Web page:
So we're passing in a raw ptr (actually "this" from the caller), and storing it in an nsRefPtr. This doesn't really seem to make sense to me? What ownership problem is the nsRefPtr trying to solve here?

@@ +230,5 @@
> +{
> +  LOG(("Checking principal %s", aSpec.Data()));
> +  mSpec = aSpec;
> +  nsresult rv = LookupSpecInternal(aSpec, allowListOnly);
> +  if (!NS_SUCCEEDED(rv)) {

!NS_SUCCEEDED = NS_FAILED?

@@ +243,5 @@
> +nsresult
> +PendingDBLookup::LookupSpecInternal(const nsACString& aSpec,
> +                                    bool allowListOnly)
> +{
> +  mAllowListOnly = allowListOnly;

You can move this to LookupSpec and simplify the prototype.

@@ +264,5 @@
> +  NS_ENSURE_SUCCESS(rv, rv);
> +
> +  // Check local lists to see if the URI has already been whitelisted or
> +  // blacklisted.
> +  nsCOMPtr<nsIUrlClassifierDBService> dbService = nullptr;

nit: Why nullptr here, but not elsewhere in this code? It's not very consistent.

@@ +266,5 @@
> +  // Check local lists to see if the URI has already been whitelisted or
> +  // blacklisted.
> +  nsCOMPtr<nsIUrlClassifierDBService> dbService = nullptr;
> +  dbService = do_GetService(NS_URLCLASSIFIERDBSERVICE_CONTRACTID, &rv);
> +  NS_ENSURE_SUCCESS(rv, rv);

This function seems to do a whole bunch of GetService calls for every lookup. I don't know how big their overhead is but this seems quite suboptimal? We don't do a lot of downloads but for other parts of the code we might end up calling this several times in succession?

@@ +328,5 @@
> +  // Look up all of the URLs that could whitelist this download.
> +  int index = mAllowlistSpecs.Length() - 1;
> +  if (index >= 0) {
> +    nsCString spec = mAllowlistSpecs[index];
> +    mAllowlistSpecs.RemoveElementAt(index);

Let's file a bug to make nsTArray.Pop() and nsTArray.Shift()? I'm surprised we have no concept of a stack in Firefox.

@@ +329,5 @@
> +  int index = mAllowlistSpecs.Length() - 1;
> +  if (index >= 0) {
> +    nsCString spec = mAllowlistSpecs[index];
> +    mAllowlistSpecs.RemoveElementAt(index);
> +    nsRefPtr<PendingDBLookup> lookup(new PendingDBLookup(this));

This is really an AutoPtr/ScopedPtr?

@@ +341,5 @@
> +  }
> +  // There are no more URIs to check against local list, so send the remote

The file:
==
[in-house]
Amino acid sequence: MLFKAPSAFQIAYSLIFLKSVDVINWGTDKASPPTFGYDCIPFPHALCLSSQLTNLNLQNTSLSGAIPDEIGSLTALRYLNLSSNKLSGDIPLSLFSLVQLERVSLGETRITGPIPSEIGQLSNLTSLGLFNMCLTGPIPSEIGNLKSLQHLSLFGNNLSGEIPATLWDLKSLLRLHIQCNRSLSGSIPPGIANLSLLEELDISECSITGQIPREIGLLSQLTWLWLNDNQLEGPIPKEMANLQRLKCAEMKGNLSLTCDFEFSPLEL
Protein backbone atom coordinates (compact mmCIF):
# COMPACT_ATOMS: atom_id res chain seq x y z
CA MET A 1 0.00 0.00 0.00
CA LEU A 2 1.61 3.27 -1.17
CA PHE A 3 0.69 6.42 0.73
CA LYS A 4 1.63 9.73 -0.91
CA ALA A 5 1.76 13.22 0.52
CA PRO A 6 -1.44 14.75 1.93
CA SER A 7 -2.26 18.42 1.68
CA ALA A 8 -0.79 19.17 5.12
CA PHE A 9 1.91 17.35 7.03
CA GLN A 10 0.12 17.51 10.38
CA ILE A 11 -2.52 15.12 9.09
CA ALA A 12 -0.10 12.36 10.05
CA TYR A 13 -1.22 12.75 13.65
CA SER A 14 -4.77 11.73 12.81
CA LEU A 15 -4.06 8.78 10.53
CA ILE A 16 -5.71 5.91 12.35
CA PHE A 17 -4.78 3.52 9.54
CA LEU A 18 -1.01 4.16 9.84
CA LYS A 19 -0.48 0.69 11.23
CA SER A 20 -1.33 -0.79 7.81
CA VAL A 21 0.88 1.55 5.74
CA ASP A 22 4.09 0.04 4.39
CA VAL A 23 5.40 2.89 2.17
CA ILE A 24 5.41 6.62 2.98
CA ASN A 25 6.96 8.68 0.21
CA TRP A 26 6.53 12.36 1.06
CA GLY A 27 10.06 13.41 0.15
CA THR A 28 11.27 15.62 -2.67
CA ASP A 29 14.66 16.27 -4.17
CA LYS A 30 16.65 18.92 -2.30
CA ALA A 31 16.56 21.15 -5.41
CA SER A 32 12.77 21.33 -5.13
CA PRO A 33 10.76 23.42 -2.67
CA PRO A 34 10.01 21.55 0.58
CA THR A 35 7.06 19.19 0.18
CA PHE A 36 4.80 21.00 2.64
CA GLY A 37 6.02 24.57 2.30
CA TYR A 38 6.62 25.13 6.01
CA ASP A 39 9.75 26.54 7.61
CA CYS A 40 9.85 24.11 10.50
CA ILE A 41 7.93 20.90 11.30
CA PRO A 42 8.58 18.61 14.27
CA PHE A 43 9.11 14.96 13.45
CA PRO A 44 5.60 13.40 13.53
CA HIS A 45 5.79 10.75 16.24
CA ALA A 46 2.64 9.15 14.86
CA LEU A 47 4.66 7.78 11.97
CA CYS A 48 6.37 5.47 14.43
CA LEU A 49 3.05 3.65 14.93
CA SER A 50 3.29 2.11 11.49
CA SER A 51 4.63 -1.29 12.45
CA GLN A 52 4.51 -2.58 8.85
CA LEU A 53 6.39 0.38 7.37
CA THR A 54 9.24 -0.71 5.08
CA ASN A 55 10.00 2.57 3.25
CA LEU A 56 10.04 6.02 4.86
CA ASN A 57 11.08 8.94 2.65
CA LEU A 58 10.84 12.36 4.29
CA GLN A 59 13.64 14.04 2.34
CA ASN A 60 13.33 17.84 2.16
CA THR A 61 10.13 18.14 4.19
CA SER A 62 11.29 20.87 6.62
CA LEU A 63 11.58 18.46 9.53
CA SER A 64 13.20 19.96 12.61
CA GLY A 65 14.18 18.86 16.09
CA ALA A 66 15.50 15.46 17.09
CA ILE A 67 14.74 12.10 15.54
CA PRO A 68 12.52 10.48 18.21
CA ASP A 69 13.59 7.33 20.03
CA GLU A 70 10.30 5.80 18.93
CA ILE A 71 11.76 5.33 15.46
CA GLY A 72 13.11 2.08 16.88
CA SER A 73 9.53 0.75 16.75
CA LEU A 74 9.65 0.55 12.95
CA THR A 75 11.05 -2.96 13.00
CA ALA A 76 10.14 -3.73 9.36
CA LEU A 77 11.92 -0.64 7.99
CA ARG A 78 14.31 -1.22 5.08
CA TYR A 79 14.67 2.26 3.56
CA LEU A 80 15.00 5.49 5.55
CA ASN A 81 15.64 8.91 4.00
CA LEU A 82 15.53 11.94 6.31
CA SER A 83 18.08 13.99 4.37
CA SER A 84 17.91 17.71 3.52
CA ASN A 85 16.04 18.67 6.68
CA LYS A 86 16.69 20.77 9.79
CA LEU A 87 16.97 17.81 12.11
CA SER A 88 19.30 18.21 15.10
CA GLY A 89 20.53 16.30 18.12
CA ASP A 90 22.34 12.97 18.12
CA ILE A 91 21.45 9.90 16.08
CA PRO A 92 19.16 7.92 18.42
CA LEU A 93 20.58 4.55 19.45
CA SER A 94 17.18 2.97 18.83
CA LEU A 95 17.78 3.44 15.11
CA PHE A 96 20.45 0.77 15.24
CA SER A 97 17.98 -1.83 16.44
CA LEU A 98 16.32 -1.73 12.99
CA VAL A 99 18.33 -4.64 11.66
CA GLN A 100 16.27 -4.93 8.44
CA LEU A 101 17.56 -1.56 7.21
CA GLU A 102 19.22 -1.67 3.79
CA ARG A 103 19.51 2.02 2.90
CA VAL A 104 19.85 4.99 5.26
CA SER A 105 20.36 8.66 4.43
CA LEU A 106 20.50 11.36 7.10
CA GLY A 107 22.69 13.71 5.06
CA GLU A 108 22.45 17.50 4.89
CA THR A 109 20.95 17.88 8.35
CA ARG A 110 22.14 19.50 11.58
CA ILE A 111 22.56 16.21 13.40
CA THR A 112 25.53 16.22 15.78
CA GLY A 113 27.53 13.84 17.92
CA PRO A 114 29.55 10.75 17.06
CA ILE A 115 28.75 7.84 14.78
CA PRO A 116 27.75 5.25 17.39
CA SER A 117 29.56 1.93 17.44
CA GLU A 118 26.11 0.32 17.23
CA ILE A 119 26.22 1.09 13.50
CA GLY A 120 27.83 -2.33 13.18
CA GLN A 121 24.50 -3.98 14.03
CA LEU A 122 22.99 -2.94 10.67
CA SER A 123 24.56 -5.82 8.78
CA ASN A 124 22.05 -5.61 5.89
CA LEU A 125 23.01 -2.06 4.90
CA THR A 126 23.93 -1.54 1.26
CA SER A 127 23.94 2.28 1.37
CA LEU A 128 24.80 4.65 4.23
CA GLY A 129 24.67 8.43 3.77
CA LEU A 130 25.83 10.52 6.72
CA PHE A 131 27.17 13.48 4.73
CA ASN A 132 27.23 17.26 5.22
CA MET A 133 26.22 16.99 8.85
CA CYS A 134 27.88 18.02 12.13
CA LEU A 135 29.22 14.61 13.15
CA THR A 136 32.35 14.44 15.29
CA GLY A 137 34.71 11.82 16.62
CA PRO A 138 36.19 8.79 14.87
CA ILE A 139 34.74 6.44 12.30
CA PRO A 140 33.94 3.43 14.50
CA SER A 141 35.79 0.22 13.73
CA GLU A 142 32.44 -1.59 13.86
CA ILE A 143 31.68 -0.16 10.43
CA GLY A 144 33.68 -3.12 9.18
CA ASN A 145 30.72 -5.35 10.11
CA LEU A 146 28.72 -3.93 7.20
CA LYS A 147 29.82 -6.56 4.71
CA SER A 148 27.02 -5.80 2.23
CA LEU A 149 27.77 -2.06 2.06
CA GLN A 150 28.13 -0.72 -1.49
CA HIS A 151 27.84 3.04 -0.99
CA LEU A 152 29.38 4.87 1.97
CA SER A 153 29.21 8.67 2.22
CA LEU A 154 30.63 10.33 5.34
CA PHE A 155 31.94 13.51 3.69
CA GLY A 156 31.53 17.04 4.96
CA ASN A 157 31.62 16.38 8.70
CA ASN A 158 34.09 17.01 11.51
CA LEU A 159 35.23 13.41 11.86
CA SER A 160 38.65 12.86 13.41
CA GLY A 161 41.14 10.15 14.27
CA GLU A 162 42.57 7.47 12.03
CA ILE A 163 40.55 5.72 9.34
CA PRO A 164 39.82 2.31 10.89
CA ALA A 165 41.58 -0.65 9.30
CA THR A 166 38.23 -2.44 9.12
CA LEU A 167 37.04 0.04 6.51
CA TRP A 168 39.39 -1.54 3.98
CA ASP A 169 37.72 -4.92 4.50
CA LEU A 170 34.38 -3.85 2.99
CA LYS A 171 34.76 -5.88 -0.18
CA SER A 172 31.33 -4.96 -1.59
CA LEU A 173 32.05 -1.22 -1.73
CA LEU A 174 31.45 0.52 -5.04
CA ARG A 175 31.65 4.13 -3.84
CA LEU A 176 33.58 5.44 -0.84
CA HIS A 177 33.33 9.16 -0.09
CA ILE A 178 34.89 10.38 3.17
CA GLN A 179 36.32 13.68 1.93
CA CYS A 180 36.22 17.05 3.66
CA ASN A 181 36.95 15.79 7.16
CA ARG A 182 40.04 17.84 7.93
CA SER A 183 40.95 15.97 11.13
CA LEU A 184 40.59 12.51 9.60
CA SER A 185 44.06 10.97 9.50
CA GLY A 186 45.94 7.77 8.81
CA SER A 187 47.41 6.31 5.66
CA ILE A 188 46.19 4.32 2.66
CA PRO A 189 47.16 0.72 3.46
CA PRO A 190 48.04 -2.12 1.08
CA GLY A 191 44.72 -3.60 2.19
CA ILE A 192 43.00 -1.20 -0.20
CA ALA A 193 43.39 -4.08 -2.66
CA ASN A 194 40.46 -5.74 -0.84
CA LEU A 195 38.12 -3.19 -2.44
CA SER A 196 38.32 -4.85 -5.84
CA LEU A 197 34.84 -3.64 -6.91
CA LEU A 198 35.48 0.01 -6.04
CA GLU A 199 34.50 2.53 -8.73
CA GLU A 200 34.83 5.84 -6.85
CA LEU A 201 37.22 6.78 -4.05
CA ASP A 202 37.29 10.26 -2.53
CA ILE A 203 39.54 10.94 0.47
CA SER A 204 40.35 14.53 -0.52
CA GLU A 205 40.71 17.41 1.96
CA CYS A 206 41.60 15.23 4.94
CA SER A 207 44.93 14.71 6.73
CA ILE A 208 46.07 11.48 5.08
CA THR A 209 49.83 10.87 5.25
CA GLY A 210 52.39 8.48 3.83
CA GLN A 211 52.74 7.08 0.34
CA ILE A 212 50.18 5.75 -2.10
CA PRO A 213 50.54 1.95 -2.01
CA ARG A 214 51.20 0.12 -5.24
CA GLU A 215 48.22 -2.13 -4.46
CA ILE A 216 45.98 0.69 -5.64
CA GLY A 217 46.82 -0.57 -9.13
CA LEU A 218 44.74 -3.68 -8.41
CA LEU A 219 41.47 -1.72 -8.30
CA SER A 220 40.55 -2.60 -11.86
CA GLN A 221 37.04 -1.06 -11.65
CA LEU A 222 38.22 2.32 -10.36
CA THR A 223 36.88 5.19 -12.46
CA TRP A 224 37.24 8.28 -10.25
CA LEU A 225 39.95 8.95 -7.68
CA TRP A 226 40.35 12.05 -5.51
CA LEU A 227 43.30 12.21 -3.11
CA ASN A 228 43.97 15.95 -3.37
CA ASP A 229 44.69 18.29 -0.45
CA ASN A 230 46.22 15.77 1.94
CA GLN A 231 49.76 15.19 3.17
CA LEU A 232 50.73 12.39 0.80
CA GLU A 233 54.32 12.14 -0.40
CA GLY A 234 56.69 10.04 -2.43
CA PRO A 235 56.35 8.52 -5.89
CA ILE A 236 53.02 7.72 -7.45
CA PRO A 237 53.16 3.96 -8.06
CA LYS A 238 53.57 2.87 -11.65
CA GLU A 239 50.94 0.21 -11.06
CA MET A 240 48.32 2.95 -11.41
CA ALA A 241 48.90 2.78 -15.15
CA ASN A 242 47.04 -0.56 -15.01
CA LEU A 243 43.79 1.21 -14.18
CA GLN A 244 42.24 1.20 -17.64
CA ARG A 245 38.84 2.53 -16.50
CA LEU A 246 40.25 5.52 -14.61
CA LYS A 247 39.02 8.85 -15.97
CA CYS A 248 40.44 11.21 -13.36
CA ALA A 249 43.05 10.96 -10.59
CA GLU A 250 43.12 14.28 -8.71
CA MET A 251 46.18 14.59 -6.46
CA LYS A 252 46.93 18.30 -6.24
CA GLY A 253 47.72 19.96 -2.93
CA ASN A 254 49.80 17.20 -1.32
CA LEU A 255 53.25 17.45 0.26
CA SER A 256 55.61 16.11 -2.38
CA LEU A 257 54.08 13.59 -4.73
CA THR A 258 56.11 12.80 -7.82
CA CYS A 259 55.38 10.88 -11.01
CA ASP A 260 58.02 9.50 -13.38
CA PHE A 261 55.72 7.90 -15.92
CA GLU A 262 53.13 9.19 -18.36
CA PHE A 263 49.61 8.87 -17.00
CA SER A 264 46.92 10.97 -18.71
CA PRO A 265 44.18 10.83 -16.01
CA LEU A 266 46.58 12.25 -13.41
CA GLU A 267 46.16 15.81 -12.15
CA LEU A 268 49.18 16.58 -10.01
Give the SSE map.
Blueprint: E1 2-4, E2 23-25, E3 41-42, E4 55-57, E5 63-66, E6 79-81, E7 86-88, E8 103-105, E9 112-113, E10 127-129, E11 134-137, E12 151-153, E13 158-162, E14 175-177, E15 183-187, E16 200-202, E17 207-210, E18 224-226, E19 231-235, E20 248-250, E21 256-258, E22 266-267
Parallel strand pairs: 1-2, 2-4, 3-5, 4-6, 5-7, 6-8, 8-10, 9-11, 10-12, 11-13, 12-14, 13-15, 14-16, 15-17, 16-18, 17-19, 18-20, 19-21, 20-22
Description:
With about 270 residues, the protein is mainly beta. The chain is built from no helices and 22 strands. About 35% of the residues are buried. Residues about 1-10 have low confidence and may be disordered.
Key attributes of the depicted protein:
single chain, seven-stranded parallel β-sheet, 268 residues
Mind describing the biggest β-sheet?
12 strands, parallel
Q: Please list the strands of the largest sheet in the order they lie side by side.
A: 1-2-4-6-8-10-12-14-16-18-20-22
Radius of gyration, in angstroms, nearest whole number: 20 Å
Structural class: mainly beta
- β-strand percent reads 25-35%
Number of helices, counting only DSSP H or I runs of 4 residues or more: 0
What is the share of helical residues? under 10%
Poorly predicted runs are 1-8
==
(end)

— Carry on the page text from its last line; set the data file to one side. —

> +  // query if we can.
> +  // Revert to just ifdef XP_WIN when remote lookups are enabled (bug 933432)
> +//#if 0 and defined(XP_WIN)

Get rid of this.

@@ +488,5 @@
> +nsresult
> +PendingLookup::StartLookup()
> +{
> +  nsresult rv = DoLookupInternal();
> +  if (!NS_SUCCEEDED(rv)) {

NS_FAILED

@@ +545,5 @@
>    ClientDownloadRequest_SignatureInfo* aSignatureInfo)
>  {
> +  // If we haven't been set for any reason, bail.
> +  if (!aSigArray) {
> +    return NS_OK;

Bit weird to return OK on failure. The next calls in the callers are now guaranteed to fail, no?
Attachment #8372070 - Flags: review?(gpascutto) → review-
Thanks for the review, gcp! I started on the documentation and then realized it is too big and needs to be on a wiki, but I'm not going to get it done before my long weekend (tomorrow-monday). About the RefPtr stuff: the previous iteration of this code just had RefPtr<PendingLookup>, which the DB service kept alive as a callback. Since PendingLookup now doesn't do lookups directly, its child PendingDBLookup still needs to keep a handle to it until the final callback is complete, otherwise PendingLookup will get GCed. From the xpcshell test and manual inspection of the logs, things seem to be allocated and deallocated as expected, but I am happy to do it a better way if you have any ideas.

The null sigArray should only ever happen in testing. I can set those in the unittest and will fix everything else.
>Since PendingLookup now doesn't do lookups directly, its child PendingDBLookup 
>still needs to keep a handle to it until the final callback is complete, otherwise 
>PendingLookup will get GCed.